Arca Swiss p0 head modified with Really Right Stuff clamp Comments Off

I’ve been using an Arca Swiss Z1 ball head on my larger Gitzo tripod for about a year and love it. I added the Really Right Stuff PCL-1 Panning Clamp for panoramas along with a plate and various accessories. The system is great but kind of heavy so I started looking for a lightweight option for traveling.

I had recommended the Arca Swiss p0 (p-zero) head  to a tutoring client based on reviews and specs. This is an ingenious inverted ball design that means you don’t have to have a separate rotator for panos. Because it’s the ball that mounts to the tripod, when you level the ball head the top plate is automatically parallel to the ground and allows perfect panos without an additional panning rotator.  I also suggested that he put a Really Right Stuff clamp on the head.

It turns out there are two product numbers of the p0 head. The 801213 includes the new Arca Swiss Slidefix QS Quick Release which is not compatible with RRS. The 801211 is $70 cheaper and does not include the Quick Release clamp. My client had bought the one with the clamp so the first order of business was to remove the Arca Swiss clamp. This was not easy. The clamp is mounted with a 6mm screw, but the hex allen socket is pretty small and a metric size that I didn’t have. I took a trip to Crouch Sales, a specialty store here in the Dallas photo district that specializes in “bolts, nuts, anchors and more”. This is one of those great places that serves industrial clients, has deep inventory and the guys at the counter know what they’re doing. The salesman finally found a tool that fit but we couldn’t get the screw to break loose. It took clamping the allen wrench into some vice grips and twisting the wrench until it felt like it was going to snap before the screw loosened. Once the Arca Swiss QR plate was off it was easy to replace it with the RRS B2-40 quick release plate. If you do this modification yourself make sure to order the version with the 6mm metric screw. The model number is B2-40-LR-M6.

The system worked so well for my client that I decided to try one myself. First I called Precision Camera Works, the U.S. Arca Swiss repair center, to ask them about the difficulty of getting that M6 screw out of there. The technician I spoke to said that Arca really doesn’t want that QR plate coming off and soon would probably use an even stronger thread lock that would make it almost impossible to remove. He confirmed that the 801211 was the same head, just without the QR plate but with a small double threaded bolt that is 6mm on one end and 1/4-20 on the other. That’s the one I ordered from B&H. The next call was to the always helpful people at Really Right Stuff to confirm what I was about to do and make sure I was ordering the right parts.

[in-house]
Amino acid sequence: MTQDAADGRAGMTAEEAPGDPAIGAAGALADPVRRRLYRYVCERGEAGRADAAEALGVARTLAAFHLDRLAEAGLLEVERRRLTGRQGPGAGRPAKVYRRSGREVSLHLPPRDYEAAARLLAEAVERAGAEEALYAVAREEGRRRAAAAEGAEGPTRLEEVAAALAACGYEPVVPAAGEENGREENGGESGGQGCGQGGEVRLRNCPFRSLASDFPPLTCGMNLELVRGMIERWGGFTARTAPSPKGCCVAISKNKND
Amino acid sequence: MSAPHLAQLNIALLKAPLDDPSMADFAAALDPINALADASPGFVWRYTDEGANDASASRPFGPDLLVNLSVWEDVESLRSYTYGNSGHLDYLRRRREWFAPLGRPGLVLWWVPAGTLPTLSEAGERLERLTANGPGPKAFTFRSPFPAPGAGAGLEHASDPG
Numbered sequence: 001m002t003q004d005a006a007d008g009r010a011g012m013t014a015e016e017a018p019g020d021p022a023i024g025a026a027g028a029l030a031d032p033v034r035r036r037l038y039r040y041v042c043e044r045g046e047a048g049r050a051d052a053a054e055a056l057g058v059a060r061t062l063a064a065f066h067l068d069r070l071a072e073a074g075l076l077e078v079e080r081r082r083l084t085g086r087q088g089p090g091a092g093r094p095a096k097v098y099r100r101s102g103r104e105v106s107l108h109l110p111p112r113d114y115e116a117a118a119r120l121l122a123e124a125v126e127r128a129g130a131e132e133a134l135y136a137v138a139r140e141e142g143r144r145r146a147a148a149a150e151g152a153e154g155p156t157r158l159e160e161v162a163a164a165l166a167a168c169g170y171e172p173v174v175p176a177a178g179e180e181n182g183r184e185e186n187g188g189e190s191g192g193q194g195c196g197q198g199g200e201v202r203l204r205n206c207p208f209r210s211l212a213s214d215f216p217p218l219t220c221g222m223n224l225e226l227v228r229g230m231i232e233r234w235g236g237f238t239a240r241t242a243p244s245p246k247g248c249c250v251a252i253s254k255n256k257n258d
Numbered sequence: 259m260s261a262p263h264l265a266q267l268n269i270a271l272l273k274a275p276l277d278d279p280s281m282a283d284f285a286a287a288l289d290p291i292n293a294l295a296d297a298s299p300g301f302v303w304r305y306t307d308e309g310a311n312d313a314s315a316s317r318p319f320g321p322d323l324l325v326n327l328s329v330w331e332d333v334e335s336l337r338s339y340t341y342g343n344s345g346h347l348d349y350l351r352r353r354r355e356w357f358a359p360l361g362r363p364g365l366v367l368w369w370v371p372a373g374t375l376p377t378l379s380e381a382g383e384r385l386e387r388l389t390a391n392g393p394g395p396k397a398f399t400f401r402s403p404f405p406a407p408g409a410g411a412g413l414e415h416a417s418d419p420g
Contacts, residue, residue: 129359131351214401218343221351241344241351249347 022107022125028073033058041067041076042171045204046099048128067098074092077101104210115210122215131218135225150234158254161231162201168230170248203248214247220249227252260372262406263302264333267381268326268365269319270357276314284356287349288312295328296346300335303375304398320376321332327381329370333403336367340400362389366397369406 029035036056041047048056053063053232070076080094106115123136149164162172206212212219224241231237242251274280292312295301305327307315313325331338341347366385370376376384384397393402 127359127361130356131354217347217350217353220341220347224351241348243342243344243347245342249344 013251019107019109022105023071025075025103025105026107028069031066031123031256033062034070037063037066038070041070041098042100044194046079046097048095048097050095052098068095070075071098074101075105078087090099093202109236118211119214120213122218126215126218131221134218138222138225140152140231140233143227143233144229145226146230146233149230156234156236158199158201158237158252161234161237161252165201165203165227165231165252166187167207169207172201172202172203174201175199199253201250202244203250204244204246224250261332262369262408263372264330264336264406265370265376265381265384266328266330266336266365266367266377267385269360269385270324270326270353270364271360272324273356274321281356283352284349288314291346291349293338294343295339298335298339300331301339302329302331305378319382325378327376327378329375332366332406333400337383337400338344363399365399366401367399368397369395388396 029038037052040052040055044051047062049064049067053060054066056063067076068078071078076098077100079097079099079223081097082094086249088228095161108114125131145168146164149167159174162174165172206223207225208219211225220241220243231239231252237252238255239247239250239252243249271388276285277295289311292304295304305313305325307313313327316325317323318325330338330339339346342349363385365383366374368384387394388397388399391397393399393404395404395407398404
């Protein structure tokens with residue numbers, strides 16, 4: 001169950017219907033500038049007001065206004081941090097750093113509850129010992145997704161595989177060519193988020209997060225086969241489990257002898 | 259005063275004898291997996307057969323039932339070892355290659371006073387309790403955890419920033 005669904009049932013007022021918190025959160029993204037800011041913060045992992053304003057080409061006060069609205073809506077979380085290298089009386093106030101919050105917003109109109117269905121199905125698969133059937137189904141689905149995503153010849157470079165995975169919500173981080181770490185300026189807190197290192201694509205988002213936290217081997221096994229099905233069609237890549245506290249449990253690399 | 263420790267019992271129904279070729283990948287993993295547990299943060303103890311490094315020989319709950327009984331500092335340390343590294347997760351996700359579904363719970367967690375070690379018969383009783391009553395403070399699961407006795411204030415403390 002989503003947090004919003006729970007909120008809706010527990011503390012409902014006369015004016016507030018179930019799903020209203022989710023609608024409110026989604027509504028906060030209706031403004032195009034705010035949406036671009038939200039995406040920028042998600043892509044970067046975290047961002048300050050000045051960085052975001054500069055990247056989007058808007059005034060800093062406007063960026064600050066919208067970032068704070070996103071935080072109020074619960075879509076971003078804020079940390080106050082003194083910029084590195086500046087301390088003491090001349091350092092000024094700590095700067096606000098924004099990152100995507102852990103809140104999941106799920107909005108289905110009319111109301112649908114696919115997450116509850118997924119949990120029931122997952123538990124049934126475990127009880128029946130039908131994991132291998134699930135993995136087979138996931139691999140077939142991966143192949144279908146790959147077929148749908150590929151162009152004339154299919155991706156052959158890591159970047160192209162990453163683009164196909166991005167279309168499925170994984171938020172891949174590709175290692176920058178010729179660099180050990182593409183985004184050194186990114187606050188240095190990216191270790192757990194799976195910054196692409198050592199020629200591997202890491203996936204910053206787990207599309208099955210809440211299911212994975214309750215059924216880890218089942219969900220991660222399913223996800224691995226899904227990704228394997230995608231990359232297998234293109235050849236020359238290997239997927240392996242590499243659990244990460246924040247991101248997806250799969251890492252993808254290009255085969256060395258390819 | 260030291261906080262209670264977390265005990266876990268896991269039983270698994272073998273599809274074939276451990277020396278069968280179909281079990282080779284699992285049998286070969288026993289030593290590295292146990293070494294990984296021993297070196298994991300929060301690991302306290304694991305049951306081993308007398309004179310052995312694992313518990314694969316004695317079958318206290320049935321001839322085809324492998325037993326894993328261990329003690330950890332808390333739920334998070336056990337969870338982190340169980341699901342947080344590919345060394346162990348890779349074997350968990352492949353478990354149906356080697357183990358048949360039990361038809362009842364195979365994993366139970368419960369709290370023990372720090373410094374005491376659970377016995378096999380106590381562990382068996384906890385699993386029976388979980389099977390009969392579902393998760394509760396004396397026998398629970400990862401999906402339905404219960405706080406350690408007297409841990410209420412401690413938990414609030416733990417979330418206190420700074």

When the head arrived I was happy to discover that a standard 7/16 socket wrench perfectly fits around the double headed bolt, grabs on the built in nut and makes it easy to remove. (SEE UPDATED INFORMATION BELOW FOR CORRECT SOCKET SIZE) The whole process took about 5 minutes. The head is much improved with the RRS clamp and now compatible with my other pano components. Upcoming posts will be about choosing tripod legs,  adding the RRS pano plate and how easy this setup is to use.

UPDATE: A client had some trouble getting the screw out of the Arca Swiss plate and her experience might help others with the same problem:

I thought you would like to know that I was finally able to get the tripod head conversion complete. I bought a different socket wrench and then it came out easily. I thought I would give you the details, in case you are recommending the same setup to others. I was originally using a 7/16 socket with 12 sides on a 1/2 inch drive. It was not able to grab hold of the bolt. So a friend of mine tried a 7/16 socket with 6 sides, but the walls of the socket were too thick to fit in the space on the Arca swiss head. So I bought a 7/16 socket with 6 sides with a 1/4 inch drive and it worked perfectly. We did notice that there was some lock tight on the bolt. It was the gray lock tight which my friend described as “light use”.

Anyway, I’m all set now, and anxious to start taking panoramas!
Linda
UPDATE DECEMBER 15, 2013
I needed to convert another one of the p0 heads and finally bought exactly the right tool. It’s an 11mm thin walled socket. Easy to find at a good hardware store. I’d recommend you take your Arca Swiss head with you to make sure it will fit between the bolt head and the recessed shoulder on the head.

UPDATE JANUARY 25, 2014
I got this email from Allan today:
I got a p0 and have problem removing the double threaded bolt. Do you need to have the pano locked when removing as I noticed it just rotates when not locked and I use a socket wrench.? I even tried the 6 sided socket wrench but the bolt wouldn’t come out. Thanks
My answer:
Allan, I did the conversion again a few weeks ago and had a heck of a time getting the bolt off. Then I remembered how impact wrenches make short work of getting lug nuts off of a wheel. So I locked the pan on the p0, put the socket wrench in place and than firmly struck the end of the wrench repeatedly with another wrench. After about 10 taps the bolt loosened and I was able to get it out. Let me know how yours turned out.